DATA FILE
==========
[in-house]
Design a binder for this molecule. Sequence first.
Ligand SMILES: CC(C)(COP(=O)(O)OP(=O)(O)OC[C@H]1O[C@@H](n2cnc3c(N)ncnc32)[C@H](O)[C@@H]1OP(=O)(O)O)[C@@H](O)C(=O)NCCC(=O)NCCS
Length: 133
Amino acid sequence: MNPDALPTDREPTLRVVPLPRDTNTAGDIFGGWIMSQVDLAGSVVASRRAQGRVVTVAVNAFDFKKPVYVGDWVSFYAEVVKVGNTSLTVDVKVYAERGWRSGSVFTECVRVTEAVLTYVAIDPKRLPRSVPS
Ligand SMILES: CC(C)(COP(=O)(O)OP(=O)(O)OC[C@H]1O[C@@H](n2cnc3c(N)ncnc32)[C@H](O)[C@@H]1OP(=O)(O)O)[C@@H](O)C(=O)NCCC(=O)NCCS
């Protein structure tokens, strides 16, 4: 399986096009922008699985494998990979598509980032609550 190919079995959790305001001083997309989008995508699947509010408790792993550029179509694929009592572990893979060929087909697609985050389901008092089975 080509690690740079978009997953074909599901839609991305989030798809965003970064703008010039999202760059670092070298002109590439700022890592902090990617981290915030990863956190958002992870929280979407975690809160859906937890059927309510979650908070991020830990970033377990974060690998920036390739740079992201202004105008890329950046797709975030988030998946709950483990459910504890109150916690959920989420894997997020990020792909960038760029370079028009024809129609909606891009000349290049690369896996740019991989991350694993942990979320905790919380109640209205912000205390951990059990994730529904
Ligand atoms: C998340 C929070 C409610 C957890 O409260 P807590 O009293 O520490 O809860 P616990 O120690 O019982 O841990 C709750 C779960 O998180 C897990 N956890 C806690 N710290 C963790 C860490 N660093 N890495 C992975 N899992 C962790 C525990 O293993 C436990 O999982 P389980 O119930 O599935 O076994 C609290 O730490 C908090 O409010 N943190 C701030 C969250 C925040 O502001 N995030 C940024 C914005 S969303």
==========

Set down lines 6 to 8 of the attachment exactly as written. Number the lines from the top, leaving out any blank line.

Ligand SMILES: CC(C)(COP(=O)(O)OP(=O)(O)OC[C@H]1O[C@@H](n2cnc3c(N)ncnc32)[C@H](O)[C@@H]1OP(=O)(O)O)[C@@H](O)C(=O)NCCC(=O)NCCS
């Protein structure tokens, strides 16, 4: 399986096009922008699985494998990979598509980032609550 190919079995959790305001001083997309989008995508699947509010408790792993550029179509694929009592572990893979060929087909697609985050389901008092089975 080509690690740079978009997953074909599901839609991305989030798809965003970064703008010039999202760059670092070298002109590439700022890592902090990617981290915030990863956190958002992870929280979407975690809160859906937890059927309510979650908070991020830990970033377990974060690998920036390739740079992201202004105008890329950046797709975030988030998946709950483990459910504890109150916690959920989420894997997020990020792909960038760029370079028009024809129609909606891009000349290049690369896996740019991989991350694993942990979320905790919380109640209205912000205390951990059990994730529904
Ligand atoms: C998340 C929070 C409610 C957890 O409260 P807590 O009293 O520490 O809860 P616990 O120690 O019982 O841990 C709750 C779960 O998180 C897990 N956890 C806690 N710290 C963790 C860490 N660093 N890495 C992975 N899992 C962790 C525990 O293993 C436990 O999982 P389980 O119930 O599935 O076994 C609290 O730490 C908090 O409010 N943190 C701030 C969250 C925040 O502001 N995030 C940024 C914005 S969303």